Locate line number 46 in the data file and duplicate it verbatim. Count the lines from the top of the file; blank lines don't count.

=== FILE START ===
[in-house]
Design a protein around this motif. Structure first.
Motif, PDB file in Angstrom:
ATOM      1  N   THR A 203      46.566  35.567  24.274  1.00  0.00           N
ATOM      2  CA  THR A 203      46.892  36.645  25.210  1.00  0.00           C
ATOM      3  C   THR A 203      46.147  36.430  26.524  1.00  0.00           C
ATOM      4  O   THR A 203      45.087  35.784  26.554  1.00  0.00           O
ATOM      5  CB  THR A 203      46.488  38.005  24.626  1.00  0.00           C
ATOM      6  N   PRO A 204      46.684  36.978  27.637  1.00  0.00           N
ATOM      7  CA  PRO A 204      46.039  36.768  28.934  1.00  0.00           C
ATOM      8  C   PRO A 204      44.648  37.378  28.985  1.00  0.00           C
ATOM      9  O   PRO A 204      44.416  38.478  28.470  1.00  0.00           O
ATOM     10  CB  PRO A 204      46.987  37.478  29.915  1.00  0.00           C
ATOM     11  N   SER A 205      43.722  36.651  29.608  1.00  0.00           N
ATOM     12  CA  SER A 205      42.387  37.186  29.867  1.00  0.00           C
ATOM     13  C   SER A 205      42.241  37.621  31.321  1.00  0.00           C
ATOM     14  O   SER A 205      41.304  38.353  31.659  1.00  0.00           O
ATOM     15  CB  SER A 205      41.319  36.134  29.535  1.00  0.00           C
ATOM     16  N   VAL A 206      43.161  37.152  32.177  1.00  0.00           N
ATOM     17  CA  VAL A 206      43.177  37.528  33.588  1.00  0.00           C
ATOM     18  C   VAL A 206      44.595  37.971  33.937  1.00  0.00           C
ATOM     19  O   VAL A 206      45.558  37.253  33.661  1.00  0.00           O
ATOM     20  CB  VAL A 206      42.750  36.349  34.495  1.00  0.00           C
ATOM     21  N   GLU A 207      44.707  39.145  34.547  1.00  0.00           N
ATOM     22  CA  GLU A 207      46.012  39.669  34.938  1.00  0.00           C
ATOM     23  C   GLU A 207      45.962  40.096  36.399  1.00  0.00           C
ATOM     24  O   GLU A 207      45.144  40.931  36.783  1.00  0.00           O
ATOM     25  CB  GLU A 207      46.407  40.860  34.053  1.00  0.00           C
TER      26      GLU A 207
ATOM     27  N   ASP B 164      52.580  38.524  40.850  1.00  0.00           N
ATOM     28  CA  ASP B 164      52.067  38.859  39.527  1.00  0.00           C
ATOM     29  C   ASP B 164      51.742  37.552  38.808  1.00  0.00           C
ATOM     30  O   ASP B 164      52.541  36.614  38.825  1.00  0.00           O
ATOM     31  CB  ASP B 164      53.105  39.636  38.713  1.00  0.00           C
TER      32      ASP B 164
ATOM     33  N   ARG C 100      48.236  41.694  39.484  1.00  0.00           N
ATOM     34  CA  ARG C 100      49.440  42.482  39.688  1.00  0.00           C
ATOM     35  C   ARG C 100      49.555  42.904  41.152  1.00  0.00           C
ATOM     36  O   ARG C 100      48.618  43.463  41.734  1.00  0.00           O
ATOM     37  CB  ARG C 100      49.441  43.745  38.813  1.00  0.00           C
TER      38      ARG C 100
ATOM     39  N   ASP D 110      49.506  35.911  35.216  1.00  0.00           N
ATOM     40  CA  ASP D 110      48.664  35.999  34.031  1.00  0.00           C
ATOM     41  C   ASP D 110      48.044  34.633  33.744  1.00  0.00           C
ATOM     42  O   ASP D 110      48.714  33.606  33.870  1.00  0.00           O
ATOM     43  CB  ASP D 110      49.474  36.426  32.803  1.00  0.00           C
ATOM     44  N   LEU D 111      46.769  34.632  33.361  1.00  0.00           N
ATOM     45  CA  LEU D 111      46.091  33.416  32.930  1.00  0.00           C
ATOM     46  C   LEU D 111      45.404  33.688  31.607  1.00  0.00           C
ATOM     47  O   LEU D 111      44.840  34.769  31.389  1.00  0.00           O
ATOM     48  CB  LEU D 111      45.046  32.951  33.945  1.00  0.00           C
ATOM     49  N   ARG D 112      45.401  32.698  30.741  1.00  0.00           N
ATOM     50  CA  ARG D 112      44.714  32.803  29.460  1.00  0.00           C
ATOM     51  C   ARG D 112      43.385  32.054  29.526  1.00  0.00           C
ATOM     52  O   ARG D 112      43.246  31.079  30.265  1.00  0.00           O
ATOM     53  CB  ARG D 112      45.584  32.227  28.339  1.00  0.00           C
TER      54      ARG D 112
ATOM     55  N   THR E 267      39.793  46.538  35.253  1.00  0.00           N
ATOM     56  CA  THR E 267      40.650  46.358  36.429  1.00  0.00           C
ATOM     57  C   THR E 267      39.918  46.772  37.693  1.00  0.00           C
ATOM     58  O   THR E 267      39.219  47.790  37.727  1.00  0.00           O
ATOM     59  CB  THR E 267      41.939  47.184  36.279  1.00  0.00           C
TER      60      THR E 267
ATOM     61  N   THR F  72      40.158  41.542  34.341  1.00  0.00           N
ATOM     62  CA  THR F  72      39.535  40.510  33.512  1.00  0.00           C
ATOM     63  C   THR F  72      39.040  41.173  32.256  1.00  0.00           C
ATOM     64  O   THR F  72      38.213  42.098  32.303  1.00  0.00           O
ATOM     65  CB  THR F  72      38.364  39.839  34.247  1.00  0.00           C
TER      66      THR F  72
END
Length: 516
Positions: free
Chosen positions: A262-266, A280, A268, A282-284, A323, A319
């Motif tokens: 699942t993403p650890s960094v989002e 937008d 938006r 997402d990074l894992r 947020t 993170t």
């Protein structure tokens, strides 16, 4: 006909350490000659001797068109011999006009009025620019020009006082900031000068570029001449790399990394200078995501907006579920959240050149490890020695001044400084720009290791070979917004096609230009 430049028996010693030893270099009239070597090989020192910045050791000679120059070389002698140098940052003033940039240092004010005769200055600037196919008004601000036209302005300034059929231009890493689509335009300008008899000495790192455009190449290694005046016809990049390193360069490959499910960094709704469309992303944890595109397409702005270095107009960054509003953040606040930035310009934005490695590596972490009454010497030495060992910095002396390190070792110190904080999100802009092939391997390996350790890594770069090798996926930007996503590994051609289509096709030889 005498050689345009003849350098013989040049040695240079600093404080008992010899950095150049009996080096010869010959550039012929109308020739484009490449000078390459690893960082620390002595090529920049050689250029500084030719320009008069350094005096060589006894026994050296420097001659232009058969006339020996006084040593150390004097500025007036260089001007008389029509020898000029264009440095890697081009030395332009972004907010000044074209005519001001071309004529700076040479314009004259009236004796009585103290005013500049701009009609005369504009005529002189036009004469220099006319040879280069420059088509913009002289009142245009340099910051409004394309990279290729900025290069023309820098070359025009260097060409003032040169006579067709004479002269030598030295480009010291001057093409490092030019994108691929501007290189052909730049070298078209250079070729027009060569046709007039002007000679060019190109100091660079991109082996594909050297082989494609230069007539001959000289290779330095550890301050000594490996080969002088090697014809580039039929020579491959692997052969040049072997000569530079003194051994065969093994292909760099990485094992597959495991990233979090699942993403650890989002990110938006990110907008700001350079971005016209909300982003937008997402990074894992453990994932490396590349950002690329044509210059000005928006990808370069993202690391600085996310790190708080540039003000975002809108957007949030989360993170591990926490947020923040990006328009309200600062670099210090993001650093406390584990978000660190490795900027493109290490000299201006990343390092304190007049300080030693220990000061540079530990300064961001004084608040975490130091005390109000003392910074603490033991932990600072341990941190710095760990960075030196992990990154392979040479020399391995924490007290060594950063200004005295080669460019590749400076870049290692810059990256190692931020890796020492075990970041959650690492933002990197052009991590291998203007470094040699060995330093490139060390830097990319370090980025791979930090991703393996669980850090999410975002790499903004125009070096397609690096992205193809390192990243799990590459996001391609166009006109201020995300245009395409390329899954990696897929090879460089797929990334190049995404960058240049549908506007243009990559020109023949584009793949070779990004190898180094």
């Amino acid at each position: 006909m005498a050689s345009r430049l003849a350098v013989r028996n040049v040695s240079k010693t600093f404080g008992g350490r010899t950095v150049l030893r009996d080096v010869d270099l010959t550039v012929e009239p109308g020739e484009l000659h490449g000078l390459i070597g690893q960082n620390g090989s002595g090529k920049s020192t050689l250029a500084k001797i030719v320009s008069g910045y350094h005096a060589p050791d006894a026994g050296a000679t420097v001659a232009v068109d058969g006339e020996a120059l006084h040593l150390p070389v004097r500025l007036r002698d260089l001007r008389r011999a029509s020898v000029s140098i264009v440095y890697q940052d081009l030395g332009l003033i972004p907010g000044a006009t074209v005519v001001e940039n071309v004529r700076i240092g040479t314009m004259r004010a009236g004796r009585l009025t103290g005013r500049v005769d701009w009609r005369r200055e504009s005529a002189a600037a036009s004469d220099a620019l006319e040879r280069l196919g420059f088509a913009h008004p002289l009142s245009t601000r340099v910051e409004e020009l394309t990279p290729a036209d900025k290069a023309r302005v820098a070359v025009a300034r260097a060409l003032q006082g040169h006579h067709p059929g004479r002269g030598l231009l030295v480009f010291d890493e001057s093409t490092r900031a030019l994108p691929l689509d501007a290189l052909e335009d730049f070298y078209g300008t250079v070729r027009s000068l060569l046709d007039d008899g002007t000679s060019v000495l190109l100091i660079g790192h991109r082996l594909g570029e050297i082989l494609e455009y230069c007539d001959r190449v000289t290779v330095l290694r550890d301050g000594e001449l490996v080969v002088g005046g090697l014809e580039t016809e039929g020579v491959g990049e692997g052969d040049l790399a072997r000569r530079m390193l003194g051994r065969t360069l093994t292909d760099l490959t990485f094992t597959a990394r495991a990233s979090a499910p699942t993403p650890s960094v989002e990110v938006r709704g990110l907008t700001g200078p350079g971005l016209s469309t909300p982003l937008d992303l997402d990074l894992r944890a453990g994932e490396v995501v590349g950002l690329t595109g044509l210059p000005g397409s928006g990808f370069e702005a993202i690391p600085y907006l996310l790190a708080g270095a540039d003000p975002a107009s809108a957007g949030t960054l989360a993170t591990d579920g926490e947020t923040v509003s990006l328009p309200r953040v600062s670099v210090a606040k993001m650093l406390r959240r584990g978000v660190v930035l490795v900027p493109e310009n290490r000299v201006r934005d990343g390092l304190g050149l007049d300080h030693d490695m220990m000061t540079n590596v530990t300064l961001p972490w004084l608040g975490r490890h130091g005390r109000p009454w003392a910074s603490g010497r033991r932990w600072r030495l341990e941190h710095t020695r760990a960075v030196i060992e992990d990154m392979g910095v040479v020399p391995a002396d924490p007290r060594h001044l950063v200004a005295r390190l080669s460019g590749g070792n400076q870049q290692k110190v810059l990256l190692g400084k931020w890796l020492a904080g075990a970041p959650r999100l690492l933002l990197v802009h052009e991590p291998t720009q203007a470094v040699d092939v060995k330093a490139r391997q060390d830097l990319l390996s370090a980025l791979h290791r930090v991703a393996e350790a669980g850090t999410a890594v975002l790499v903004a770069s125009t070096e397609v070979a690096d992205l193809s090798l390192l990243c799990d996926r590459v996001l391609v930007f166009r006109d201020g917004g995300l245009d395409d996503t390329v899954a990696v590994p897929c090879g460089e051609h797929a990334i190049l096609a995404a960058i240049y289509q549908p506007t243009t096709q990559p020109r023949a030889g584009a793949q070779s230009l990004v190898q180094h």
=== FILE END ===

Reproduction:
ATOM     43  CB  ASP D 110      49.474  36.426  32.803  1.00  0.00           C